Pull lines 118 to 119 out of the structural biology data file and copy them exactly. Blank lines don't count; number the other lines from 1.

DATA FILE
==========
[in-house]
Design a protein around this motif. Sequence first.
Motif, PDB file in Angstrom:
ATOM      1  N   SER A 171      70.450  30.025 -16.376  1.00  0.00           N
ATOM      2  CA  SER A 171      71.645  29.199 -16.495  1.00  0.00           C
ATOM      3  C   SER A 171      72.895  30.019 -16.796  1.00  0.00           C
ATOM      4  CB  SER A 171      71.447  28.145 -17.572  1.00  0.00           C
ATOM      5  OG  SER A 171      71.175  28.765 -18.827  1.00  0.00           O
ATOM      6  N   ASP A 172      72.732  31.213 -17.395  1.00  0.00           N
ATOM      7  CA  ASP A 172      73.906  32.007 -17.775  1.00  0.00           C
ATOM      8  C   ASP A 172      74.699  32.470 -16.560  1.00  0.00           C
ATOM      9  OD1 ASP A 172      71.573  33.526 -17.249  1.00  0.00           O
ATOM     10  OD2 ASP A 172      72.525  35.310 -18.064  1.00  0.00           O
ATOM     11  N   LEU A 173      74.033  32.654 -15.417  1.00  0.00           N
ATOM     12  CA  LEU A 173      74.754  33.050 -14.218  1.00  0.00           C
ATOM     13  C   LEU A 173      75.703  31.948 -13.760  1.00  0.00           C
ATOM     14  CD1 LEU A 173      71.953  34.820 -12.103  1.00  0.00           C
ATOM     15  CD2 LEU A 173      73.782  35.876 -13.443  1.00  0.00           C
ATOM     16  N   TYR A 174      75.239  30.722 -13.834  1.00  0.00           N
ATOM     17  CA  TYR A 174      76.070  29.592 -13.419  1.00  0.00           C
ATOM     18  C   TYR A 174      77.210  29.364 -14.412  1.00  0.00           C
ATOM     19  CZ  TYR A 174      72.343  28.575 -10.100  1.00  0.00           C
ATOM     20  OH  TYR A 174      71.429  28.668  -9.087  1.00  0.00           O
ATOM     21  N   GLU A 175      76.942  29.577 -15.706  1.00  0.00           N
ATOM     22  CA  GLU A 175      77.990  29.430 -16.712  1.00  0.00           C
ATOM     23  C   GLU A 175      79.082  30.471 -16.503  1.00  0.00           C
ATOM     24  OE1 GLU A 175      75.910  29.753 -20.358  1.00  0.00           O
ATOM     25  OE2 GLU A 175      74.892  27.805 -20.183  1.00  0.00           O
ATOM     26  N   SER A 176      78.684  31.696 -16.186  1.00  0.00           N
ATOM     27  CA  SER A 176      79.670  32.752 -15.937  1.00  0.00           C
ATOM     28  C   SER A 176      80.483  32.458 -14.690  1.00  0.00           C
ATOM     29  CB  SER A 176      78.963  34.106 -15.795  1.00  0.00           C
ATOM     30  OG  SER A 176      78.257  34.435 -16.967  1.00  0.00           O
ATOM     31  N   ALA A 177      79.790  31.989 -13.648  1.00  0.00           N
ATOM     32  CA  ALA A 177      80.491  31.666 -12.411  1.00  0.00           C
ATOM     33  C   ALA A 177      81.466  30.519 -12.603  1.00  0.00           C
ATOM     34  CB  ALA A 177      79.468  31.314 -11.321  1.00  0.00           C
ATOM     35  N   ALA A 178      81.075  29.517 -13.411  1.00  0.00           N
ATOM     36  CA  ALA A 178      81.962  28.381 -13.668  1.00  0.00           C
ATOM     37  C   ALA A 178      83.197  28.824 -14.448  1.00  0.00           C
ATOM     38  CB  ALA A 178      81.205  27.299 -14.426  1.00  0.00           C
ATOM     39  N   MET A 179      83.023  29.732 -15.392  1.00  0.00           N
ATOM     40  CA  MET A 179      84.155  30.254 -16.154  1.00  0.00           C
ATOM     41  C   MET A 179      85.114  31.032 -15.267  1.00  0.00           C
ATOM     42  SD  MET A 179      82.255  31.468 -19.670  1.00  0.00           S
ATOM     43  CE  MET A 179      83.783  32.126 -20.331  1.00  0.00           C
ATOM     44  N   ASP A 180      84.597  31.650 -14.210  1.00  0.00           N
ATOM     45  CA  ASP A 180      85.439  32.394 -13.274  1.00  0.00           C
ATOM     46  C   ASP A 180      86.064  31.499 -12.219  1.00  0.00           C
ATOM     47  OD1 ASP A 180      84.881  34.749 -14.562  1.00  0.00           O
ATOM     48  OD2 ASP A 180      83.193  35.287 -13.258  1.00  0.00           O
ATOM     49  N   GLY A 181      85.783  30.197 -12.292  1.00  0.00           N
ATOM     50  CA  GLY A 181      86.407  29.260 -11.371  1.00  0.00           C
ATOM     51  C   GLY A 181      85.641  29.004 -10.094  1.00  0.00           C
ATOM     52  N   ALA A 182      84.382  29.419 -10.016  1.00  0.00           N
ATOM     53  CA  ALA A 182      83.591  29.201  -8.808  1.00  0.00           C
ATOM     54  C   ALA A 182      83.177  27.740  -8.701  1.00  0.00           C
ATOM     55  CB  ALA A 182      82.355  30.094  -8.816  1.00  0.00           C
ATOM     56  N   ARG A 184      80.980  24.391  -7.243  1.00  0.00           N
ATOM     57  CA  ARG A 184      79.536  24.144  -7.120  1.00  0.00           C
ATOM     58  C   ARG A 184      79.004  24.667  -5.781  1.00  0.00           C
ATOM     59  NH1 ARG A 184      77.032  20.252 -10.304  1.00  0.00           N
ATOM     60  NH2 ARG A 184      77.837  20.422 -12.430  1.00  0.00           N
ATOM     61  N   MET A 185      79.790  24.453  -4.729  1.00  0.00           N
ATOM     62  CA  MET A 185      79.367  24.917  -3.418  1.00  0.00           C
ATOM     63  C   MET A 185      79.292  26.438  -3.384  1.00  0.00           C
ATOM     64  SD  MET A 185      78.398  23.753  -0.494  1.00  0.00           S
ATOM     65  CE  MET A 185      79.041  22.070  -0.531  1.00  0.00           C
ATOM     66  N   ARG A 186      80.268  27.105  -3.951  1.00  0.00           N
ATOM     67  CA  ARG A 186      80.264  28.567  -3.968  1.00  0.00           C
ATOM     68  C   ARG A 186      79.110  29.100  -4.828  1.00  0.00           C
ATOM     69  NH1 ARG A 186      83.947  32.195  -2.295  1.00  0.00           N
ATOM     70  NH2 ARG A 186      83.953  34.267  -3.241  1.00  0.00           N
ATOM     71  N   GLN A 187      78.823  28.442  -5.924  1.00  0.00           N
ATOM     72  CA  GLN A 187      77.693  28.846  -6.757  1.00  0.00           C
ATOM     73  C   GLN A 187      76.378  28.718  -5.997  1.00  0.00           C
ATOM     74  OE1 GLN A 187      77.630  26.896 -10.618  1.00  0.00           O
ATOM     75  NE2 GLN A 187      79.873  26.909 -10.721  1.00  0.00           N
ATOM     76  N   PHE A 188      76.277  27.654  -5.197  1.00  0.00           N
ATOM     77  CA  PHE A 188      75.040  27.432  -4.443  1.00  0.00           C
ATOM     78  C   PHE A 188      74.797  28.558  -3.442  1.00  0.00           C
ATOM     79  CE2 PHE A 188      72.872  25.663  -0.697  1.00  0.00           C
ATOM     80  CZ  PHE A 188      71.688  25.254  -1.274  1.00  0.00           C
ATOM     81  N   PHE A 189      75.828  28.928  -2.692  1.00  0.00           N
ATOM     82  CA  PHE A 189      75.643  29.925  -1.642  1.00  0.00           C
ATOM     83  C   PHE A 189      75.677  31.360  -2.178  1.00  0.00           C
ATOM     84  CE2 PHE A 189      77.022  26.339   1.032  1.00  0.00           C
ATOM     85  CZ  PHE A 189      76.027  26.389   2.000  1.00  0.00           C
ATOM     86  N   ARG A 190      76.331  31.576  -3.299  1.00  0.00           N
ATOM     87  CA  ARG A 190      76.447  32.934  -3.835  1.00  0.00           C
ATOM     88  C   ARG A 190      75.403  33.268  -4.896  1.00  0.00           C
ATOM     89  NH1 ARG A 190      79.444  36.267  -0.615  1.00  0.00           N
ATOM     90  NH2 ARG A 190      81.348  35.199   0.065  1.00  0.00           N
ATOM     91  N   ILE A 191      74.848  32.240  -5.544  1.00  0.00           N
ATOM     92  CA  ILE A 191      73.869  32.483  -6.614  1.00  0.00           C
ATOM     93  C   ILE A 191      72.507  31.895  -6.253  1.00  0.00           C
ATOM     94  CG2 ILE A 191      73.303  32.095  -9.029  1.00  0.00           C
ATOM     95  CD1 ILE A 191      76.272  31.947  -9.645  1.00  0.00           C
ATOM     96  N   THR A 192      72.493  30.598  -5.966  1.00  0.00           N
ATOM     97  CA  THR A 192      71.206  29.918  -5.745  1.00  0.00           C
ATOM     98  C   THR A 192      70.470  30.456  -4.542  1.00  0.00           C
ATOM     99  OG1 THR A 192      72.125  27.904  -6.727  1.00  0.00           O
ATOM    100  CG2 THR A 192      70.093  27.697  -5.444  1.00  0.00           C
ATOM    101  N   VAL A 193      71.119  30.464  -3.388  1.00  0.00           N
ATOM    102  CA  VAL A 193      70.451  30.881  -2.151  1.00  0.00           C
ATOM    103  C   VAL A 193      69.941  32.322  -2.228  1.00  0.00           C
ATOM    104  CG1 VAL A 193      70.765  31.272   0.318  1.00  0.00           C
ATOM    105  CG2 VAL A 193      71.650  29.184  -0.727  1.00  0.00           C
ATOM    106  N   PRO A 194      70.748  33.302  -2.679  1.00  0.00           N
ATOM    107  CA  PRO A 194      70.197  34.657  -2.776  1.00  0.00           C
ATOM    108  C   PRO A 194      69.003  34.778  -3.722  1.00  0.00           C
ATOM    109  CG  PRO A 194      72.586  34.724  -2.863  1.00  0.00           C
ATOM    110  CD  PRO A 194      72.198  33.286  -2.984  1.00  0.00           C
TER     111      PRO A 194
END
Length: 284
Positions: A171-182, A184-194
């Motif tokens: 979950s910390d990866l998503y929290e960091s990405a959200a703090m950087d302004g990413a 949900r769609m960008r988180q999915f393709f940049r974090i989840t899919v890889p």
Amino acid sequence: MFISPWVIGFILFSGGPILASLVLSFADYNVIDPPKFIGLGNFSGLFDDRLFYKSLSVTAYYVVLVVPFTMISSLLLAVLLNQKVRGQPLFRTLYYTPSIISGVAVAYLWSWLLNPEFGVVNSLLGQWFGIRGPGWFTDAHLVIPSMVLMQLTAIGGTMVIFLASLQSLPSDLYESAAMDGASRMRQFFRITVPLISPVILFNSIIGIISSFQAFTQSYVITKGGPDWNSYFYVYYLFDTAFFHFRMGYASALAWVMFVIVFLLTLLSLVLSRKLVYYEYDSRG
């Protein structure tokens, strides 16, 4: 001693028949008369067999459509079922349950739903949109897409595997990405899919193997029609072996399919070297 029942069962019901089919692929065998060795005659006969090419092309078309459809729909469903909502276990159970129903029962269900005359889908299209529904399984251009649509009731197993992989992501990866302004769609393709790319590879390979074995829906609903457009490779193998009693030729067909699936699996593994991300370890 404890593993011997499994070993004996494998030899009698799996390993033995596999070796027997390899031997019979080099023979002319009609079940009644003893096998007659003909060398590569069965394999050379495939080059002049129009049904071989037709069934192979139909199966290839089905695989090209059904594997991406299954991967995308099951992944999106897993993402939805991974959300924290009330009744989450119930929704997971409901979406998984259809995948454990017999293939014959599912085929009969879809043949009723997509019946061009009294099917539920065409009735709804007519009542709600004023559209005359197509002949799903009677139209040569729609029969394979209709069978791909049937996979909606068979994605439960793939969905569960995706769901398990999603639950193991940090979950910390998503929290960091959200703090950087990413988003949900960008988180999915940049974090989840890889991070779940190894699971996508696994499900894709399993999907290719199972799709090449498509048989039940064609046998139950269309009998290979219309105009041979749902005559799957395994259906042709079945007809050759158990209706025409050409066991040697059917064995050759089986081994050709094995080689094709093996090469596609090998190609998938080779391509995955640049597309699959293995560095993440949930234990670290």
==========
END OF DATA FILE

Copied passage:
């Motif tokens: 979950s910390d990866l998503y929290e960091s990405a959200a703090m950087d302004g990413a 949900r769609m960008r988180q999915f393709f940049r974090i989840t899919v890889p």
Amino acid sequence: MFISPWVIGFILFSGGPILASLVLSFADYNVIDPPKFIGLGNFSGLFDDRLFYKSLSVTAYYVVLVVPFTMISSLLLAVLLNQKVRGQPLFRTLYYTPSIISGVAVAYLWSWLLNPEFGVVNSLLGQWFGIRGPGWFTDAHLVIPSMVLMQLTAIGGTMVIFLASLQSLPSDLYESAAMDGASRMRQFFRITVPLISPVILFNSIIGIISSFQAFTQSYVITKGGPDWNSYFYVYYLFDTAFFHFRMGYASALAWVMFVIVFLLTLLSLVLSRKLVYYEYDSRG